How much does a teacher really earn?

WagesThis post follows on from my most popular blog post to date ‘How much does an NQT earn?’ Written just over two years ago, it has had over 18,000 views and it it always looked at daily, even now.

So I’ve decided to do the same post but with an actual wage slip of when I was in the swing of teaching. As with the last post, you have to bare a few things in mind: This wage slip is from two years ago. It was when I was teaching in a mainstream school. I have quite a large student loan and although the dedication looks small on this wage slip, I get over double deducted now and I am outside of London. Also don’t forget that us teachers have had our oh so generous 1% pay increase each year for the past two years.

So here is a complete breakdown from my actual wage slip and gives you an insight into what a teacher earns. I am currently suffering from baby brain so I can’t quite remember what M scale this was from, but I think I had been teaching around 4 years.

Total Pay & Allowances:    £2,161.00


Employee NIC:     £155.23

Tax Paid:     £302.00

Pension:      £159.91

Student Loan:     £64.00

Total Deductions:    £681.14

TAKE HOME PAY: £1,479.86

As you can see, a lot of your wage you never actually get to ‘feel’. A lot is deducted before it even hits your bank account. However, I may be in the minority but I am actually pleased with my wage. Yes, I definitely think teachers deserve more and when you break down the hourly rate, most teachers are on less than minimum wage. But, now two years on, I am earning more than the figure above (surprisingly, not that much as I get taxed a lot more now and have larger student loan deductions and pension contributions) and I am earning a good wage. A wage that allows me to pay my mortgage, go on holiday, indulge my shoe and clothing shopping habit and generally enjoy myself.

You have to remember that you will start off on quite a basic wage but it soon creeps up and along the way you may be lucky enough to add on a TLR payment, SEN points of get appointed as a member of SLT. Sometimes you need to weigh up the stress/ workload balance though. I was offered a behaviour TLR at the PRU where I work. As is obvious, behaviour isn’t normally a strong point for referral units and the TLR was worth £1,300. The extra workload and pressure just wasn’t worth it for me at this time in my life so I declined. But it just shows that there are ways of boosting your income in education.


The financial drought until 30th September (Pay day!)

So, yay! I’m going to be getting a salary. A salary. I will actually have the same amount of money coming into my account at the same time every month. Every month. And if Gove doesn’t stick his oar in, it will only go up every year. Wow! Never in my life have I had a salary. I cannot express how excited I am about this prospect. Having been self employed in the past I never knew how much was coming in each month, I didn’t get paid for holidays and some months, I didn’t even have any income at all. So I am almost bouncing off the walls with excitement about my NQT salary. Almost.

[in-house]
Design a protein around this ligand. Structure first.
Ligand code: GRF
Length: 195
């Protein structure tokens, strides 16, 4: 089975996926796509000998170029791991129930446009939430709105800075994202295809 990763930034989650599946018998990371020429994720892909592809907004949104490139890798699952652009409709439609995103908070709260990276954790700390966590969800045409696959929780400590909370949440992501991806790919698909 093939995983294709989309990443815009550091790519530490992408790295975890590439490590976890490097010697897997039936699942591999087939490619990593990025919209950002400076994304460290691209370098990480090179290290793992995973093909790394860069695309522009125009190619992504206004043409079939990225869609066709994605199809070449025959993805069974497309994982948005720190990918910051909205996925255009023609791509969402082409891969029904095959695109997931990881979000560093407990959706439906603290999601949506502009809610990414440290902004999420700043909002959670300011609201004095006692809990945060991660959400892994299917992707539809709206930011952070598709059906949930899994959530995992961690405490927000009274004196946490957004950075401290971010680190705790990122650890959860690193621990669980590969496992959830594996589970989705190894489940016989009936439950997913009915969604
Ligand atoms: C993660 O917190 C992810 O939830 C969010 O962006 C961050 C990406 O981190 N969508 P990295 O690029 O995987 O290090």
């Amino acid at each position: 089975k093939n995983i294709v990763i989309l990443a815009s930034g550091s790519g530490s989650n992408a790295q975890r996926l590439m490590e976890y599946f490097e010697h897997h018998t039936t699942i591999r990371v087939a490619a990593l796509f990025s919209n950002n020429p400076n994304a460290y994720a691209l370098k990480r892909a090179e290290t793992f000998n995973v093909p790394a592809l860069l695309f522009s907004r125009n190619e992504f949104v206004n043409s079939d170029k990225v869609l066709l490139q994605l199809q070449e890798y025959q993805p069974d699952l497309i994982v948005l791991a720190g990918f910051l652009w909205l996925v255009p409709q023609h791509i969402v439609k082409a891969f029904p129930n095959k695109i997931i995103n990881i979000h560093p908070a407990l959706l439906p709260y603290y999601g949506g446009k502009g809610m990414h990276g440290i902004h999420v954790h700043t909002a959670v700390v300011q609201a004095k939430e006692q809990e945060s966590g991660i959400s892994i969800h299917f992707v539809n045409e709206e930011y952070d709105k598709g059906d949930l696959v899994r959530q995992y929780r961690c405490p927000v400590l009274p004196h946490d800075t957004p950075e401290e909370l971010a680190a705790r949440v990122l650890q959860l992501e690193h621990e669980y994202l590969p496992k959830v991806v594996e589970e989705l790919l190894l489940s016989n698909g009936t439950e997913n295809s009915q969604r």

That is because it is now July and I do not get this salary until the end of September. I will not have any money coming in until 30th of September 2013 at 00:00hrs. Since finishing university I have been working full time in my school. I’ve been meeting my new class, getting to know the staff, going to meetings, school trips and getting to grips with the school’s planning and marking policy. My time going in has been worth it’s weight in gold. I am confident now about September, feel a little bit more at ease and have gotten over all that awkward meeting new people and I even feel comfortable and at home in the staff room. The only problem is…. I’m not being paid. Other people on my course are going into their school and being paid. ‘Isn’t it great! We’re going to get paid in july and August!.’ Well, yes, it’s great for you… but not so great for me.

When I got my job the head teacher said it would be ‘fabulous’ if I could come in when my course had finished, ‘I might be able to pay you, which will be good.’ Yes, yes it would. Except when i started, money was never mentioned. At the end of my first day I spoke with the other two NQTs and asked them if they were being paid. They weren’t. ‘Are you going to ask to be paid?’ I had asked. Their astonished faces told me other wise. Of course not! We were lucky to have a job! So, not wanting to be the greedy, money grabbing NQT I didn’t say anything. Schools are bitchy places and I didn’t want people to discuss me higher up even though it is my right.

The annoying thing is that I gave up a very lucrative job for the whole of July. A self employed job that would have been more than my month’s teacher salary. I am literally out of pocket. So now I have to live on beans on toast, sell things on Ebay (old PGCE books) and convince my friends that a gossip in the park is way better than going out for a meal and cocktail. ‘Come on- let’s make the most of the hot weather. We don’t know how long it will last!”

After a PGCE you are tired. You deserve a rest, you don’t want to work behind a bar or in a shop for the six weeks holidays. But needs must. Except, there aren’t many places that want to take on a worker for 4 weeks who has to have a few days off in the week to ‘sort of my classroom.’ Believe me I’ve looked.

So for now, everything has to stop. Buying clothes (sob), buying those new heels (louder sob!) and going on that much needed holiday. I have my last bursary to cover three months of rent, bills, car insurance.

I wonder if I can still get that maintenance grant, thingy? I really need to read through all that boring student finance paper work….